Audified has upgraded the front end of their U73b compressor’s GUI with a sleek, more-true-to-the-original interface based on the old German compressor.
BOSKOVICE, CZECH REPUBLIC: host application and audio effects developer Audified is proud to announce availability of the second-generation version of its U73b Compressor — capable of running as an AAX, VST3, and VST2 plug-in on Mac (OS X 10.9 – 10.12) and PC (Windows 7, 8, and 10) and AU on Mac as an authentic emulation of the unique-sounding Sixties-vintage German broadcast compressor/limiter hardware with which it shares its name (and which, despite its origins, found favour in European mastering circles) — with improved algorithms and a number of other notable improvements, as of October 25…
Audified’s all-new U73b Compressor strikingly stands out from its predecessor — released to widespread critical acclaim back in May 2015 — from the get-go courtesy of a gorgeous GUI (Graphical User Interface) that not only makes its improved second-generation status clearer still by blazoning Nr. 2.0.0 below its name but literally leaps out of Retina-supporting screens… well, almost! As such, the GUI itself is effectively a game of two halves, comprising of an almost photo-realistic rendering of the hardware on which the plug-in is modelled and an area to display numerically editable parameters or menu functions and settings that are not available via the ‘modelled module’ — including LOAD (for selecting presets) and STORE (for saving presets), HPF (High-Pass Filter) on/off (to switch off the high-pass filter mode — with around 100Hz cutoff frequency and 6dB slope that helps create the unique sound of the U37b Compressor — when the bass roll-off might not be suitable for some instruments when mixing or when the plug-in is being used for mastering), and many more benefits besides (such as selectable display colour).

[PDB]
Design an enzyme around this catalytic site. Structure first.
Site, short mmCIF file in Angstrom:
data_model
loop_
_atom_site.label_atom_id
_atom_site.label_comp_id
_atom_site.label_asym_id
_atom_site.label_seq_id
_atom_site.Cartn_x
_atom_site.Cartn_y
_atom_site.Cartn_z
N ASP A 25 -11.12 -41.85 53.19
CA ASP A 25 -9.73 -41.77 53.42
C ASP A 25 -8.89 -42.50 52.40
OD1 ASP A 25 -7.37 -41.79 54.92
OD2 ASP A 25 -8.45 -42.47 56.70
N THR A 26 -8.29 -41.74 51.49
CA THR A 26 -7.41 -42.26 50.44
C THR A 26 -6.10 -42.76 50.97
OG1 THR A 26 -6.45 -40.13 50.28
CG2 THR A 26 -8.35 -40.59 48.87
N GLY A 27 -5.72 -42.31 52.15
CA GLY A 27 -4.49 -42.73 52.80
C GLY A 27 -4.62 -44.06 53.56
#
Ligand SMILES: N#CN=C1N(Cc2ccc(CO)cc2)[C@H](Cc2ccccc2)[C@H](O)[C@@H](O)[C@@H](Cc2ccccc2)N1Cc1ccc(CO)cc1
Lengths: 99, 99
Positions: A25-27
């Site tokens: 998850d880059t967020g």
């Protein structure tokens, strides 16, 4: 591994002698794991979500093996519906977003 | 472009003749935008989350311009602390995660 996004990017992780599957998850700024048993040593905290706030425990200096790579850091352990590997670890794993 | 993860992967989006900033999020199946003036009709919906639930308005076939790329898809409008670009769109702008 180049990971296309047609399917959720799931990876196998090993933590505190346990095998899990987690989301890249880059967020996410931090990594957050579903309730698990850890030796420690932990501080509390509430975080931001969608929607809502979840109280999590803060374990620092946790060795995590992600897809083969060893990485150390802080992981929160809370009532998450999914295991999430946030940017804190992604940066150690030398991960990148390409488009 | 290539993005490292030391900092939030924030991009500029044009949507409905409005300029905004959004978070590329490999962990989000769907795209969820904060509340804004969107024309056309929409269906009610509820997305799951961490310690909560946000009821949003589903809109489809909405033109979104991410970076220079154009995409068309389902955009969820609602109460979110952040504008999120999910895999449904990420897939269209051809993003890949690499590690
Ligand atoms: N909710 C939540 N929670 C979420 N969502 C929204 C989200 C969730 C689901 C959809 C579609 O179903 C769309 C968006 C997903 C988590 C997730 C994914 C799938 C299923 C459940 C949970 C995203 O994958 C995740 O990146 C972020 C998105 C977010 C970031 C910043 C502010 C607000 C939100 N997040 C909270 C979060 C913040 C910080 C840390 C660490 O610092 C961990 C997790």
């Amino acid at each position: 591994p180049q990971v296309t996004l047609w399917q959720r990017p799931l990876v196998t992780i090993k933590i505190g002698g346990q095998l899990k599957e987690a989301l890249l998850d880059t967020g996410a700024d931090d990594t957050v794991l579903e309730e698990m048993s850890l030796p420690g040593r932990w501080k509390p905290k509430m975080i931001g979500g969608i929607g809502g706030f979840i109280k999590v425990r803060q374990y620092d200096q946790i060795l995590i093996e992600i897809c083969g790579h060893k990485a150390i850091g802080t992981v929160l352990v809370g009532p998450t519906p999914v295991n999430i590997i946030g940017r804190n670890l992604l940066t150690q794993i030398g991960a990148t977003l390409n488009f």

Colourful or otherwise, such improvements are more than simply skin deep. Digging deeper still, Audified’s all-new U73b Compressor now features true side-chaining to control the compression via an independent signal (always accessible via the Side-chaining menu with Individual, Left, Right, Left +Right, and External settings); improved processing with added adjustable Oversampling (which, when turned on, enables the internal plug-in processing to run at a higher sample rate than is set in the DAW to help reduced aliasing distortion that is always produced by nonlinear effect processing and also improve high frequency processing); an automatic gain control option (Auto) with Ein (on) and Aus (off) settings; and -9dB default Kalib. (calibration) setting with an added value mechanism — note that the software model works with real voltages that are the same as those found in the original hardware circuitry (related to the dBu scale), but the DSP (Digital Signal Processing) in DAWs (Digital Audio Workstations) works with dBFS (Decibels relative to full scale) so users can (carefully) set the calibration to work within the correct operational range of the compressor effect.